The President of Huawei's sub-brand HONOR, George Zhao has said that the company is going to launch a 5G phone during the fourth quarter of the year. Zhao did not reveal any other details regarding the upcoming device but he did say that the company will use its rich technology reserves to release a 5G-ready handset.
Zhao is confident that Huawei's expertise in the field of 5G, Bluetooth, photography, and other areas will help the company do well in the sluggish market. But then, of course, Huawei's problems go deeper than a declining smartphone market. The company has been blacklisted by the U.S. government, as a result of which numerous critical supply chain partners including Qualcomm, ARM, and Google have cut ties with it.
Tensions have been brewing up between China and the U.S. since quite some time. Back in 2012, Huawei and the fellow Chinese company ZTE were deemed a security threat by the U.S. Shortly afterward, the company began its in-house software development efforts. Later on, when Huawei's CEO Meng Wanzhou was arrested, the manufacturer read the writing on the wall and began hoarding components.
However, stockpiling components is a short term solution and hardware is almost useless unless it's backed up by software. For instance, the EDA tool provider Synopsys has stopped providing software updates to the company, as a result of which Huawei cannot work on new chip designs. Similarly, Google has also revoked the company's license, which means the future Huawei phones will not come with its apps and services. That's why it will be interesting to see if Huawei's own operating system will be ready in time for HONOR's first 5G smartphone.
Apparently, Huawei has already started laying the groundwork to replace Android with its homebrewed OS. The HONOR 20 reportedly makes use of the company's compiler Fangzhou, which claims to improve the efficiency of Android by up to 30 percent.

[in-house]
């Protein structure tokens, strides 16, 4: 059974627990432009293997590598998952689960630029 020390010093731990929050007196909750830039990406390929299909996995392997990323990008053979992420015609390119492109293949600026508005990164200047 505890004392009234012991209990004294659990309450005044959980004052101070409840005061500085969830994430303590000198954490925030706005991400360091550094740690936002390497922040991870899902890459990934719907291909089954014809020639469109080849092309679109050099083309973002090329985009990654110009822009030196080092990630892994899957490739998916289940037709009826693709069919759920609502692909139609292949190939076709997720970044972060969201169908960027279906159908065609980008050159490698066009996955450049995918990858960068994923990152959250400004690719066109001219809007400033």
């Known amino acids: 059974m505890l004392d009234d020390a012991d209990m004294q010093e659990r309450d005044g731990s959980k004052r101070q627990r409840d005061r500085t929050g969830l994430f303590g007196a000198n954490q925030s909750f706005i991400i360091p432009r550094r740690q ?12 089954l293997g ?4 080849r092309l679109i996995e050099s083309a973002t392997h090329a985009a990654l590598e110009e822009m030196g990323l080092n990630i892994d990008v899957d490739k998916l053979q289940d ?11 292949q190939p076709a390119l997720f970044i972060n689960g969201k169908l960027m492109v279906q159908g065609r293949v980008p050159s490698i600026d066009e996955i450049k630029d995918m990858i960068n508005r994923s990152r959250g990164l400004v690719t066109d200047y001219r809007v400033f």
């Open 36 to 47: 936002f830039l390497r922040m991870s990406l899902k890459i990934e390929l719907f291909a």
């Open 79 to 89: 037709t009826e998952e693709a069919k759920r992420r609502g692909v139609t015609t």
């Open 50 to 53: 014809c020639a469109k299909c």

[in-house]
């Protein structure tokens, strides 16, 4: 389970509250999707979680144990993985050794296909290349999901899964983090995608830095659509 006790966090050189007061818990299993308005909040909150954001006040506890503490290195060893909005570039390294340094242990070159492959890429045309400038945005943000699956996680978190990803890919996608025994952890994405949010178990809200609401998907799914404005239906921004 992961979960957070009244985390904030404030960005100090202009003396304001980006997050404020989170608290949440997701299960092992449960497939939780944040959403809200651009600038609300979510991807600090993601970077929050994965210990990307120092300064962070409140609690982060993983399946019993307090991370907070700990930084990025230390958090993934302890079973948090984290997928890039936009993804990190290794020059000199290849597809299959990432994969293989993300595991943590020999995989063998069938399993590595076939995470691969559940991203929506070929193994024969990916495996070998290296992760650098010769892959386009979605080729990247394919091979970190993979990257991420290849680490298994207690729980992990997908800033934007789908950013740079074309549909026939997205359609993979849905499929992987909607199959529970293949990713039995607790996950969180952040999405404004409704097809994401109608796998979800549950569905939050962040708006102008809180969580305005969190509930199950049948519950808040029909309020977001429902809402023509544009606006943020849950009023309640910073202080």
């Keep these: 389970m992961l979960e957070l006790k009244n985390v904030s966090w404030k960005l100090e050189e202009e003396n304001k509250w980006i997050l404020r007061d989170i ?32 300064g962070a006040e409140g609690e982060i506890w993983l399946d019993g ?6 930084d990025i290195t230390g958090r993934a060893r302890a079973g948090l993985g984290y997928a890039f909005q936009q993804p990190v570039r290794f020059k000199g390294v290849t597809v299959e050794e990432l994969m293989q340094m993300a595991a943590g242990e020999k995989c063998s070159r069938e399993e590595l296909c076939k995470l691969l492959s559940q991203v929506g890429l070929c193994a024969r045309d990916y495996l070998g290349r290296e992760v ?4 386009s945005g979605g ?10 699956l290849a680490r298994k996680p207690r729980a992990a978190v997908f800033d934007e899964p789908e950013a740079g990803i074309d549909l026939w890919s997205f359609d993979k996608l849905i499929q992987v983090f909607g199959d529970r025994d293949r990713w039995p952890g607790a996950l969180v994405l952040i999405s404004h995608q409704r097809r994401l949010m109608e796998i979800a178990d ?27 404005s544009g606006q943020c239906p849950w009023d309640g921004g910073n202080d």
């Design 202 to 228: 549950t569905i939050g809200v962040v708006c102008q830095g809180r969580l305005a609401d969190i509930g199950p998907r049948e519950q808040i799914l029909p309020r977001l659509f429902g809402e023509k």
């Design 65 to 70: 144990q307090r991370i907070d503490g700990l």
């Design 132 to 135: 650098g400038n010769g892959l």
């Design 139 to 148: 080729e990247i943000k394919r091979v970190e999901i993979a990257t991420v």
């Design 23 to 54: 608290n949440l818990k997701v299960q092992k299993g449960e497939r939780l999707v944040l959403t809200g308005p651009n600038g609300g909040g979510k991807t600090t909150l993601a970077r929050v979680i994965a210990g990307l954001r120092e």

According to the information technology expert Wong Kam-fai, Huawei's proprietary OS will take over Android within six months in China with support from the local population. Since the company's OS will be an open platform, adaptation time will likely be slow, at least in China. However, it will be a totally different ball game outside of China.
In China, most popular Android apps are banned anyway, but consumers in other countries might be less willing to try out alternatives. Huawei's OS is expected to be similar to Android, so this might ease the transition a bit.
HONOR's target market is young, budget-conscious consumers. The brand's phones offer flagship-level features at a fraction of the cost of premium phones. That's why the company' first 5G phone will be more affordable than other 5G devices and this can attract early adopters who do not want to fork over a huge amount to enjoy the speeds offered by the next generation of wireless networks.
Before the U.S. struck, Huawei was on track to become the largest smartphone vendor in the world, with year-over-year growth in the neighborhood of 50 percent in the last quarter, according to the estimates of various analytic firms. Although times are tough right now, Zhao still expects HONOR to rake in half of its revenue from overseas markets in the future.
Given the current situation, this goal may take longer than expected. Foxconn, which manufactures phones for Huawei, has reportedly halted some production lines. This implies that the company expects demand to slide in the coming days unless the embargo is lifted. Meanwhile, HONOR has put the release of the HONOR 20 Pro on hold because of missing certifications from Google. If the situation continues, the company's sales can go down by a quarter, according to analyst estimates.